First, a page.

27 October 2018 will be our Value Day while 28 October 2018 will be our Legacies and Gifts Day about African Oral History. Both the Value Day and the Legacies and Gifts Day are an opportunity to undertake the re-reading of Africa’s Oral History.
To engage with this year’s Making Memorable Difference theme and or support this project, please contact CENFACS on this site.
Extra News: Art and Design for Poverty Relief and Sustainable Development
As part of Art and Design Project for poverty relief and sustainable development, we are asking supporters to illustrate their ideas of Africa’s Oral History into artwork. You can post your artwork related to Africa’s Oral History to CENFACS to share and make memorable difference in your own way.
Main Development from the Week’s Contents
Below are the Key Contents making the 61st Issue of FACS.
Mobile money accounts versus traditional bank accounts in relation to poverty reduction (Page 2 of FACS)
The main message is that because of the traditional model of bank accounts (which is profit-driven oriented model), it offers limited or less scope for poverty relief. Poor people are often excluded from many types of bank accounts and banks’ financial products; especially low income unbanked or underbanked people. This is despite the fact that banks have a huge reach access to funding and data, as well as a pool of financial and economic knowledge and expertise in the sector. Sometimes, their terms and conditions systematically or virtually exclude the poor. This is even strong in the world where they tend to be multinational and less and less local.
There are social business banks (or banks dedicated to serve the poor) such as Grameen Bank or village bank in Bangladesh created by the Nobel Peace Prize winner Muhammad Yunus (1). However, the general pattern of the classical banking model still follows the old capitalist route and philosophy.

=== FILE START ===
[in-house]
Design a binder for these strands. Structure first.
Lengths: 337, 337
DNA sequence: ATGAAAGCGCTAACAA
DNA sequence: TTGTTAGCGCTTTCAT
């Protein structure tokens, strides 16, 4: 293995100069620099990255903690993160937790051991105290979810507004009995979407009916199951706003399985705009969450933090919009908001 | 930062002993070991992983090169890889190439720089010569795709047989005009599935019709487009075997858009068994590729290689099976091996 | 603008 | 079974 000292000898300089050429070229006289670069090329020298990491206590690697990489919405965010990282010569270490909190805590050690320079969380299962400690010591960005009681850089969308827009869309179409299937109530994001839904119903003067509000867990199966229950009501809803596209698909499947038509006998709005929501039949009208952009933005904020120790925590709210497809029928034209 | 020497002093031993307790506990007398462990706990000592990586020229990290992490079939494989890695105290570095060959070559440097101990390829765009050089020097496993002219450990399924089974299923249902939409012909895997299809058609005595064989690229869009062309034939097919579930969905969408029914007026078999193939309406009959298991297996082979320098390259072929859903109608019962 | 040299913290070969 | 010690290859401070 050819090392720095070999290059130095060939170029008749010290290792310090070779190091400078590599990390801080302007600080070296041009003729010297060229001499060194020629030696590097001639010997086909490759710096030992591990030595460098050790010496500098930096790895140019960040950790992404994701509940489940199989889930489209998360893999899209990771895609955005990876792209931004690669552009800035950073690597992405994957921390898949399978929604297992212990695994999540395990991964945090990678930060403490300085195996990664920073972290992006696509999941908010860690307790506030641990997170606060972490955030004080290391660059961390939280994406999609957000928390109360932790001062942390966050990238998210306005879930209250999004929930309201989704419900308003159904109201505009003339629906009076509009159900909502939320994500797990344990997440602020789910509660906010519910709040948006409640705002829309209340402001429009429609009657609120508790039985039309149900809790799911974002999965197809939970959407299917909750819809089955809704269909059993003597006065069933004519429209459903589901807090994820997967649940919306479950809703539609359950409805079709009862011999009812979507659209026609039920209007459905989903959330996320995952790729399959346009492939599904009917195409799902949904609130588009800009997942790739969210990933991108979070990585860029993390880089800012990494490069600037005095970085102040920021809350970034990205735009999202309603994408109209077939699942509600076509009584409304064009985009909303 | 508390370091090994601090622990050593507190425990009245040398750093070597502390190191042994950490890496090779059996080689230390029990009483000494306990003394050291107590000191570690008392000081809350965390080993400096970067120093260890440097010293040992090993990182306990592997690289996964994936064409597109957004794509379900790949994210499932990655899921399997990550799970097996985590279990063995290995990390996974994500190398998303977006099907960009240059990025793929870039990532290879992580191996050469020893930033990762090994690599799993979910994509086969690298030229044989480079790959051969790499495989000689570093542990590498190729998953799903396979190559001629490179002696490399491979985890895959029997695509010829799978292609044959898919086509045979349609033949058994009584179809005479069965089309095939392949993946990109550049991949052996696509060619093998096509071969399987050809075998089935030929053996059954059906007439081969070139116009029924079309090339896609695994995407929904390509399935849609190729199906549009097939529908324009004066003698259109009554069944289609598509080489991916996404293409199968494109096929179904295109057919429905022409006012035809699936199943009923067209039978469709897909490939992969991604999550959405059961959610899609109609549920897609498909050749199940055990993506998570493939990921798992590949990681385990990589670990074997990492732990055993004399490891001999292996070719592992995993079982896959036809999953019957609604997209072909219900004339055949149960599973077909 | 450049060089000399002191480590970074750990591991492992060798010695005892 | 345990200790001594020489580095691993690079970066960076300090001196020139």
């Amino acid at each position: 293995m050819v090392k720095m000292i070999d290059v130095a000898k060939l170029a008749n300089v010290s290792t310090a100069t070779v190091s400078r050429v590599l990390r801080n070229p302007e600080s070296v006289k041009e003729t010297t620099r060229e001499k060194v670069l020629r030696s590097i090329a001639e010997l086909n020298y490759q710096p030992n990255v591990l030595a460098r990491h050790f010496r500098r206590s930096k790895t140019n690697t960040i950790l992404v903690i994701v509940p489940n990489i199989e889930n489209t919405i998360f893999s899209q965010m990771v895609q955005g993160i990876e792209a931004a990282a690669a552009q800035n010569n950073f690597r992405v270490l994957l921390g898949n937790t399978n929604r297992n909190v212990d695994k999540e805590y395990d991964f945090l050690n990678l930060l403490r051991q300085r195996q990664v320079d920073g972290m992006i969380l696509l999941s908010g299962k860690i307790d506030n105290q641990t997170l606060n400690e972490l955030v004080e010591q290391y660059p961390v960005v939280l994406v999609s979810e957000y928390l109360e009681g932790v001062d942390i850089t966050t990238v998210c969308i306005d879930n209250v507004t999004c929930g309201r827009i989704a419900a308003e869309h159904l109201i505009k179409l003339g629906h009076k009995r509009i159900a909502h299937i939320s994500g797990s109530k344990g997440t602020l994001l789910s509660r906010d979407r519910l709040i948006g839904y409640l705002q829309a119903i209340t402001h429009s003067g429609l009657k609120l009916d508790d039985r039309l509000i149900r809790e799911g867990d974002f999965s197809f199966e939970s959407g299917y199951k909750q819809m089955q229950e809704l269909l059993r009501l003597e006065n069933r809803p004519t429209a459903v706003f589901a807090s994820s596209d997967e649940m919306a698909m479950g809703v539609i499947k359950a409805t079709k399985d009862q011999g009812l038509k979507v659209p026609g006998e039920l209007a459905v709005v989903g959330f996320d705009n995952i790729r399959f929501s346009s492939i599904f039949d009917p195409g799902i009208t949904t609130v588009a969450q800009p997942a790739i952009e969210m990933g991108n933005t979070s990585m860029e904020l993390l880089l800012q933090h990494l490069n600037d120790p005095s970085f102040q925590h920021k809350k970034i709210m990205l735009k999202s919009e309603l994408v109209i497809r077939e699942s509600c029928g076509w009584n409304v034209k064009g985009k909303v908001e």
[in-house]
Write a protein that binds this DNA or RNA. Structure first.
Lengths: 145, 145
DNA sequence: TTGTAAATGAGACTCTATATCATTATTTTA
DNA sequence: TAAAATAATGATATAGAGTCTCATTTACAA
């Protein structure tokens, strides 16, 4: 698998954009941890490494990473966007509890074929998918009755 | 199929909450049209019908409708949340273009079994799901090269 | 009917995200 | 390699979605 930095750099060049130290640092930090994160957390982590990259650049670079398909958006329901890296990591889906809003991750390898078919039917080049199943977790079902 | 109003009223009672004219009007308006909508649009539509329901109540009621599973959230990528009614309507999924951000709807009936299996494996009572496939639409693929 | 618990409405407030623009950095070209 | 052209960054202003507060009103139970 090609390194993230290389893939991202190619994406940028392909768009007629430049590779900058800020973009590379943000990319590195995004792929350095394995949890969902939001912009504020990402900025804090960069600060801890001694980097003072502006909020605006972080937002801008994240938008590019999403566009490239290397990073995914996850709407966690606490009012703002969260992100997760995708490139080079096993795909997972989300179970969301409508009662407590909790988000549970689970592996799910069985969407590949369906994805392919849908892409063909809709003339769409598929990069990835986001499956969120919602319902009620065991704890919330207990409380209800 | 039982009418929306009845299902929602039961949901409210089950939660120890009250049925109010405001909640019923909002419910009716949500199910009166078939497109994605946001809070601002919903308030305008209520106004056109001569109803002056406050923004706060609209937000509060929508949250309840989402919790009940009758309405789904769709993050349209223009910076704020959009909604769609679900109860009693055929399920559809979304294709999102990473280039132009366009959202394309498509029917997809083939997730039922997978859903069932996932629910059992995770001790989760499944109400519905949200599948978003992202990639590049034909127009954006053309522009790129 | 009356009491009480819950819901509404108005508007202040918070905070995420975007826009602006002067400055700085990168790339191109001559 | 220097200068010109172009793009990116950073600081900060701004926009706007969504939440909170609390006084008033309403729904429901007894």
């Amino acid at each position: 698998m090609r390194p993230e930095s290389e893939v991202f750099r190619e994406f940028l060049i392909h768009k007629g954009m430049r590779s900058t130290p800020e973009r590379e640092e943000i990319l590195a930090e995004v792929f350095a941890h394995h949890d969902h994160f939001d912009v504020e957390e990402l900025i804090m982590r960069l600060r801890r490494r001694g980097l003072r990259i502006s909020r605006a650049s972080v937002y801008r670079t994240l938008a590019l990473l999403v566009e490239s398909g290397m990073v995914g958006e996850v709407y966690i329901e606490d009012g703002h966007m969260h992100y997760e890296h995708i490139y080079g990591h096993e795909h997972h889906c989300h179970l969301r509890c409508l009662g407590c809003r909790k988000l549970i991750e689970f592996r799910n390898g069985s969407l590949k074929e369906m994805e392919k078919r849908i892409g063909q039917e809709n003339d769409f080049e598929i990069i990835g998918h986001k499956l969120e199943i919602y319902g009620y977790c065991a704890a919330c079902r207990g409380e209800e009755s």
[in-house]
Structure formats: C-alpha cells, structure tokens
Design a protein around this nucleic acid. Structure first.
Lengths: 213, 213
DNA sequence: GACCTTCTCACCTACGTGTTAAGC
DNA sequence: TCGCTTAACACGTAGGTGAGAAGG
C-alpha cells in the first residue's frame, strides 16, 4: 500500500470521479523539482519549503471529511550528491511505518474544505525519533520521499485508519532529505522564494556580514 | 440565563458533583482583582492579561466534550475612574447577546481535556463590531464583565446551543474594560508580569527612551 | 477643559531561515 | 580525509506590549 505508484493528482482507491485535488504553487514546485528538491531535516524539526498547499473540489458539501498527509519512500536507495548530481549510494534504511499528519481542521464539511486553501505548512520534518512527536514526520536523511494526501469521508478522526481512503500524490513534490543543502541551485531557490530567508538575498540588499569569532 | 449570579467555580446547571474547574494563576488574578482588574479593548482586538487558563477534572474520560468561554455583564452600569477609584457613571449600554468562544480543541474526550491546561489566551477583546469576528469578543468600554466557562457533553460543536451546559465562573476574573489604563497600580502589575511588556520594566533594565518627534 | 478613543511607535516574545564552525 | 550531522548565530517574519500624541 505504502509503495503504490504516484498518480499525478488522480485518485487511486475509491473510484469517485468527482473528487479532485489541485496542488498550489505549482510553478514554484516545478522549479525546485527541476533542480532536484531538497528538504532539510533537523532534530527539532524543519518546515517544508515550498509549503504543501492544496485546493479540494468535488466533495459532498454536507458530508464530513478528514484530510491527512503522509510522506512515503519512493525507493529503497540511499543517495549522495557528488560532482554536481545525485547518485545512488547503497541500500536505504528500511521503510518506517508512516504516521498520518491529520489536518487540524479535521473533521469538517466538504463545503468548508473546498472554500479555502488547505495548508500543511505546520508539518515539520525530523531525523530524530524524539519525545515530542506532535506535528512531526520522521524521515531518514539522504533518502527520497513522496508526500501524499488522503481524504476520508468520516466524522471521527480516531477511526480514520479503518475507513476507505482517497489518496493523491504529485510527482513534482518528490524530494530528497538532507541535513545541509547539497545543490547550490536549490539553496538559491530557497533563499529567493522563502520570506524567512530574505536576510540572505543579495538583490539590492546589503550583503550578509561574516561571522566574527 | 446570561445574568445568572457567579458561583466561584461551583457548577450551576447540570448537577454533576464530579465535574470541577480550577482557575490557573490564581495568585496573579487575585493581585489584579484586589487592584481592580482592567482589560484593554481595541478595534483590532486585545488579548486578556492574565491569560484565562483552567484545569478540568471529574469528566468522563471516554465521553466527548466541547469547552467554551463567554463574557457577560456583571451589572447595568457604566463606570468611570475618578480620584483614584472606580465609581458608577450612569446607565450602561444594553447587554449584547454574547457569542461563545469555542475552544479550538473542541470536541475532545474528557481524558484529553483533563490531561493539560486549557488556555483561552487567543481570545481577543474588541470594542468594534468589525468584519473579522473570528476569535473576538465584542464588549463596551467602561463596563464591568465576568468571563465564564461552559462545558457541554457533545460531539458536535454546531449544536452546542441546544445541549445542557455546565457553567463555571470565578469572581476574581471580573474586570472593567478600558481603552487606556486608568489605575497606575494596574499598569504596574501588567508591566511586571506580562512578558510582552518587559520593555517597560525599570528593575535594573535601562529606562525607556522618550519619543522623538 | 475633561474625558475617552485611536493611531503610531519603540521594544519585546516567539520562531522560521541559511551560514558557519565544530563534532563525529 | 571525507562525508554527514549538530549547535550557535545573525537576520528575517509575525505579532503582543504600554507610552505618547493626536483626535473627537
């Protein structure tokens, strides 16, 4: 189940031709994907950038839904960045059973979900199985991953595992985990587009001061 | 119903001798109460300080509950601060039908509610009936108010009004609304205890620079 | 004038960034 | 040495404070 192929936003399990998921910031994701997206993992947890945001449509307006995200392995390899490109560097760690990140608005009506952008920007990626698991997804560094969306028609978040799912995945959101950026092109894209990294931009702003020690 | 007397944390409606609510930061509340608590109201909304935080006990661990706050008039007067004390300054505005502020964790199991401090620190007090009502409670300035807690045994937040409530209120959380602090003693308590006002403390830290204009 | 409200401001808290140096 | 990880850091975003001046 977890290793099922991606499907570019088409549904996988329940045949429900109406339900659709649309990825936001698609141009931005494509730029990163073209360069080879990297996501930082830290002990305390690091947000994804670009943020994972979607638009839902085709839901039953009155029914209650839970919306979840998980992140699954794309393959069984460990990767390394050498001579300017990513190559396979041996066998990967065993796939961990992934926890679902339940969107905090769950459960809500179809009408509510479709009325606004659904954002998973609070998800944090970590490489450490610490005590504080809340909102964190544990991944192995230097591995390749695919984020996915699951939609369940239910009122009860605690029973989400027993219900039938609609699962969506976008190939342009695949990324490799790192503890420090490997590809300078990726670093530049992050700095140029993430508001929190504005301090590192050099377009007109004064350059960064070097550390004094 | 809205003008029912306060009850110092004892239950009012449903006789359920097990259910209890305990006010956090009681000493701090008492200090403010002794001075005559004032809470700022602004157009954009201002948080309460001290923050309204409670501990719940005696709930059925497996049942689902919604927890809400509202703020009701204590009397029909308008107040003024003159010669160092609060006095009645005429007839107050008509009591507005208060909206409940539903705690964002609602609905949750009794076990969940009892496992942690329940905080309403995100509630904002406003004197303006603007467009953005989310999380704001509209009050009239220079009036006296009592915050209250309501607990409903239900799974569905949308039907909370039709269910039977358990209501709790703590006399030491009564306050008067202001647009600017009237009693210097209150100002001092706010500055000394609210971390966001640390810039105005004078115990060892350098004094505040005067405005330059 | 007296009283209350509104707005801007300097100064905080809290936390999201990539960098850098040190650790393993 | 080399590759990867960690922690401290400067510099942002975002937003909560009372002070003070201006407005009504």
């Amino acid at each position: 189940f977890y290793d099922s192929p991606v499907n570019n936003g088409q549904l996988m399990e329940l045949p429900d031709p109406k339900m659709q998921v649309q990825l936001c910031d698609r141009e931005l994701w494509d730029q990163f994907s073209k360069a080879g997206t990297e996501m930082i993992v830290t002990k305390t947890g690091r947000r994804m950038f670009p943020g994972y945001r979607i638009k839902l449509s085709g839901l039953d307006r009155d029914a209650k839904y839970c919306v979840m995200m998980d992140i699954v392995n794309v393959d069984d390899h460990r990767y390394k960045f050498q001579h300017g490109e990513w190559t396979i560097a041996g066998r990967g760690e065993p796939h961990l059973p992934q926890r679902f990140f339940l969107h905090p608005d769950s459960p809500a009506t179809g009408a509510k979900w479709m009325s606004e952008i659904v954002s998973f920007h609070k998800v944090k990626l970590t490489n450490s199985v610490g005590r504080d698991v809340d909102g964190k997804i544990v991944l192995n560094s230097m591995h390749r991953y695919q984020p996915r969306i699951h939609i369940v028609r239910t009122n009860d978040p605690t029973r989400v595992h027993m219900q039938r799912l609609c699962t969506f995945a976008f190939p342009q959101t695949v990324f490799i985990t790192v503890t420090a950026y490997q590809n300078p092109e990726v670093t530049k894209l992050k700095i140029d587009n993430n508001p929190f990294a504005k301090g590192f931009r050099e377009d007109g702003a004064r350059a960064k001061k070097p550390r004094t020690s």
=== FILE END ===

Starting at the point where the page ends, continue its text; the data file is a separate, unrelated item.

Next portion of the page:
The model of mobile money may not be the perfect for the poor, but it does exactly the opposite of what the banks do by accessing the poor and going where poverty is. This is one of the reasons that mobile money account is growing faster in places like Sub-Saharan Africa and other parts of the developing world than traditional banking. However the impact of mobile money is still to be clearly quantified and qualified in terms of reducing poverty, of meeting basic life-sustaining needs of health, education, food, shelter, environment and skills development.
Mobile money and engendered digital financial inclusion (Page 3 of FACS)
The question which one needs to ask within this article is how best to promote mobile money in order to reduce both gender poverty and digital financial exclusion?
The answer to this question can be found in many areas. In the context of this communication, it is about closing the gender gap in mobile money and ending digital financial exclusion in gender. Mobile money accounts are reaching both men and women in Africa and elsewhere. However, most of studies and experiences suggest that these gains have been uneven where men are more mobile money account owners/holders than women in Africa. To reduce gender poverty and engendered digital financial exclusion, gender gap in mobile money accounts as well as exclusion in digital financial matters need to be addressed where they appear.